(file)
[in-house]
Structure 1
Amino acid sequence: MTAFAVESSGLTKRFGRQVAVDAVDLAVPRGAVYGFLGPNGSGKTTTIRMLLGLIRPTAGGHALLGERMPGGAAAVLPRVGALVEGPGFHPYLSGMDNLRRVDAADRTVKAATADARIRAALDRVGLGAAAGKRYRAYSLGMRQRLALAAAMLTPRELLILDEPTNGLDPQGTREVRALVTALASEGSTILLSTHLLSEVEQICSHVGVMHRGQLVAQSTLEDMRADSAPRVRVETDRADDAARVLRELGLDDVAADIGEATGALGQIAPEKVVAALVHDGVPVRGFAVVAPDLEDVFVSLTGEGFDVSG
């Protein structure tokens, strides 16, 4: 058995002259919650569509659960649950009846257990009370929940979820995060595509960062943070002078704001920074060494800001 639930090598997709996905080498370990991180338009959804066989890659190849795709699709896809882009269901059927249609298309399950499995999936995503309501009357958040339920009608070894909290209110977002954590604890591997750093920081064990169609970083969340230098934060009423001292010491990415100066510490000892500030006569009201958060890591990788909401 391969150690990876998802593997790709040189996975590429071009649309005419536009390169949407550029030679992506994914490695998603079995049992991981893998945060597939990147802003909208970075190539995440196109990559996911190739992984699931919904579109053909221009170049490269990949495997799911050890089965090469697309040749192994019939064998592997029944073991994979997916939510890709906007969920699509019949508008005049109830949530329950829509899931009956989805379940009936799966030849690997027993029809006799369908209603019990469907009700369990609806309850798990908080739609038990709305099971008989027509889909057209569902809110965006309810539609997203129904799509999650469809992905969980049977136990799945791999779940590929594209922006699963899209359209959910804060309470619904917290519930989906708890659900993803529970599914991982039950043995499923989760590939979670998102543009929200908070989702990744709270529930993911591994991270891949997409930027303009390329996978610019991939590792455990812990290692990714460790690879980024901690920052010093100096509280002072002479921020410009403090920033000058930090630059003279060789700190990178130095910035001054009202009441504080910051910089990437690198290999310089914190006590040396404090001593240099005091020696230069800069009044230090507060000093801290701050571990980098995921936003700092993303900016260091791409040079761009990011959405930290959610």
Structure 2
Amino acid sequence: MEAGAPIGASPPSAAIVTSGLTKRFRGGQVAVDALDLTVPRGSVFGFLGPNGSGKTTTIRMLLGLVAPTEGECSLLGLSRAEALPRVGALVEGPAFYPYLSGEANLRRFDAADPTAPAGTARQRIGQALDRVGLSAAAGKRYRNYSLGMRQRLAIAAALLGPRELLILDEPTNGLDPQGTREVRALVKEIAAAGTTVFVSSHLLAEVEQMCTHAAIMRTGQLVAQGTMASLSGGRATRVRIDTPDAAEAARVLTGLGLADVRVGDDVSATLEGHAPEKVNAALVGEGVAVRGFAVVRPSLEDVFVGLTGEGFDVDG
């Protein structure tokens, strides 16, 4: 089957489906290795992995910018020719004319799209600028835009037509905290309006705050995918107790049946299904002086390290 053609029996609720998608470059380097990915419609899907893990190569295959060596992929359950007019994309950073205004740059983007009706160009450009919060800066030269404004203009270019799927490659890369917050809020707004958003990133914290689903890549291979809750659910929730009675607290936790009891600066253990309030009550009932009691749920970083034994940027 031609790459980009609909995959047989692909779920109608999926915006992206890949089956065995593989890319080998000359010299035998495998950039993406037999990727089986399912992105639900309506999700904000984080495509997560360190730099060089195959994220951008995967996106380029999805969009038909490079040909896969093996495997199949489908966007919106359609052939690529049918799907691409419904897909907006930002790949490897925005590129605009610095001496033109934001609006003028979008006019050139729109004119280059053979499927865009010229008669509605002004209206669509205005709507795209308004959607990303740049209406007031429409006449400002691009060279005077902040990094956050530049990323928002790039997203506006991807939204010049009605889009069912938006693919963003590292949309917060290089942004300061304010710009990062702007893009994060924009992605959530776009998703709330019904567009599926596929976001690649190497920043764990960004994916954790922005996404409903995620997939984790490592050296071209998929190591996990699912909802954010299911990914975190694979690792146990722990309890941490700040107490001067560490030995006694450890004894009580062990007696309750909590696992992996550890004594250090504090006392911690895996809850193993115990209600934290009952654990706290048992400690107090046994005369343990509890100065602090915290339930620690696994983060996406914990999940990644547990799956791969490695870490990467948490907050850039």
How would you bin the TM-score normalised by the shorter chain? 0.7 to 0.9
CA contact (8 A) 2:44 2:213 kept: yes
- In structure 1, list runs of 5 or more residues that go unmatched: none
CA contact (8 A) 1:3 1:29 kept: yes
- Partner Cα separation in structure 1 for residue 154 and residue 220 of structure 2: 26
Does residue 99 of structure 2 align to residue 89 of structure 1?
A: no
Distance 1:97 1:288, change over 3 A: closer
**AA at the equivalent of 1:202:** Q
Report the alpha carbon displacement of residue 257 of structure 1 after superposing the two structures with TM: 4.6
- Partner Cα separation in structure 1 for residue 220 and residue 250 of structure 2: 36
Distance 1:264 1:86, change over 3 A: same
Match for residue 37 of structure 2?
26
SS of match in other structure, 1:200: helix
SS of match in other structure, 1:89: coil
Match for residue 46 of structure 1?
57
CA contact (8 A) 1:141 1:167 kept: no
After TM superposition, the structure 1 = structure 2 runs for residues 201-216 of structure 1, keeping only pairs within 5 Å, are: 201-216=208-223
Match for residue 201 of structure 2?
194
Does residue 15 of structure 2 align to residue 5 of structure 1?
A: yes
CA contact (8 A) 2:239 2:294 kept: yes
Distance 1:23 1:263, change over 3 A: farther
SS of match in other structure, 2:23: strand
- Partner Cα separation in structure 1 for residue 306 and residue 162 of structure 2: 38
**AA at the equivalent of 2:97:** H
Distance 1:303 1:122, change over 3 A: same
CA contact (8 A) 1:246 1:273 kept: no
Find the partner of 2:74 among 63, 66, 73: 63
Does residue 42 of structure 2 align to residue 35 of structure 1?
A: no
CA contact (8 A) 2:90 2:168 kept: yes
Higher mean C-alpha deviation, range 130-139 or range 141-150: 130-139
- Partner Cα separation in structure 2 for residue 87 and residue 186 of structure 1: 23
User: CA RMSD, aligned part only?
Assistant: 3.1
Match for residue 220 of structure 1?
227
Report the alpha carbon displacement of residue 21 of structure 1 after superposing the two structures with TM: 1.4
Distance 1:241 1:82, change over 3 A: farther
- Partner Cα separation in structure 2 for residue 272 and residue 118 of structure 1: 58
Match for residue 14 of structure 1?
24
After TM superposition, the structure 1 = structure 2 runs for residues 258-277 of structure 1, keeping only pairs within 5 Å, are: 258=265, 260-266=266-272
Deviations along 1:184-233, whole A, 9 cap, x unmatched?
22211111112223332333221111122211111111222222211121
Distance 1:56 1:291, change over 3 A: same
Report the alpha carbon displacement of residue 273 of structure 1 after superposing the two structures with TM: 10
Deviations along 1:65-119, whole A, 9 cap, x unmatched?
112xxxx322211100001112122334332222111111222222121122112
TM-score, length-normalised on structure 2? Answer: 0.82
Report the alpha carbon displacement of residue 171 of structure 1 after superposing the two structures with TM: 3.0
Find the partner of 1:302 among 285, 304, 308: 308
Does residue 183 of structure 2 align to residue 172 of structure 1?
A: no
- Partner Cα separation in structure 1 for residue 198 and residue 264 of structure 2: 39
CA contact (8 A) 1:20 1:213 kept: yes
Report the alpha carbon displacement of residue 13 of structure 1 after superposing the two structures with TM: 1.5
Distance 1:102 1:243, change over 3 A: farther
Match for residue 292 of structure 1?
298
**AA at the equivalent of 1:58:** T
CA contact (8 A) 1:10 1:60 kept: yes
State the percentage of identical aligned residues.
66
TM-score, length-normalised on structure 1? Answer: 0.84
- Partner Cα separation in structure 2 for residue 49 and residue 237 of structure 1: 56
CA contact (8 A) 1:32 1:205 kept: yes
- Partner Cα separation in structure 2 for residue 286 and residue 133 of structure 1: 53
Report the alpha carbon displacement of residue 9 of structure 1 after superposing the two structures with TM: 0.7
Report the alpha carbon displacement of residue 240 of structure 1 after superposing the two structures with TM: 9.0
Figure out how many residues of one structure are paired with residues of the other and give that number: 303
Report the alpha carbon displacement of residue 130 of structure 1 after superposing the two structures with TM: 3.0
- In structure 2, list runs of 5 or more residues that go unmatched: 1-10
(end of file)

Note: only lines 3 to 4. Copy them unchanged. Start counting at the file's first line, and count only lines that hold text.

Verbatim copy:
Amino acid sequence: MTAFAVESSGLTKRFGRQVAVDAVDLAVPRGAVYGFLGPNGSGKTTTIRMLLGLIRPTAGGHALLGERMPGGAAAVLPRVGALVEGPGFHPYLSGMDNLRRVDAADRTVKAATADARIRAALDRVGLGAAAGKRYRAYSLGMRQRLALAAAMLTPRELLILDEPTNGLDPQGTREVRALVTALASEGSTILLSTHLLSEVEQICSHVGVMHRGQLVAQSTLEDMRADSAPRVRVETDRADDAARVLRELGLDDVAADIGEATGALGQIAPEKVVAALVHDGVPVRGFAVVAPDLEDVFVSLTGEGFDVSG
């Protein structure tokens, strides 16, 4: 058995002259919650569509659960649950009846257990009370929940979820995060595509960062943070002078704001920074060494800001 639930090598997709996905080498370990991180338009959804066989890659190849795709699709896809882009269901059927249609298309399950499995999936995503309501009357958040339920009608070894909290209110977002954590604890591997750093920081064990169609970083969340230098934060009423001292010491990415100066510490000892500030006569009201958060890591990788909401 391969150690990876998802593997790709040189996975590429071009649309005419536009390169949407550029030679992506994914490695998603079995049992991981893998945060597939990147802003909208970075190539995440196109990559996911190739992984699931919904579109053909221009170049490269990949495997799911050890089965090469697309040749192994019939064998592997029944073991994979997916939510890709906007969920699509019949508008005049109830949530329950829509899931009956989805379940009936799966030849690997027993029809006799369908209603019990469907009700369990609806309850798990908080739609038990709305099971008989027509889909057209569902809110965006309810539609997203129904799509999650469809992905969980049977136990799945791999779940590929594209922006699963899209359209959910804060309470619904917290519930989906708890659900993803529970599914991982039950043995499923989760590939979670998102543009929200908070989702990744709270529930993911591994991270891949997409930027303009390329996978610019991939590792455990812990290692990714460790690879980024901690920052010093100096509280002072002479921020410009403090920033000058930090630059003279060789700190990178130095910035001054009202009441504080910051910089990437690198290999310089914190006590040396404090001593240099005091020696230069800069009044230090507060000093801290701050571990980098995921936003700092993303900016260091791409040079761009990011959405930290959610």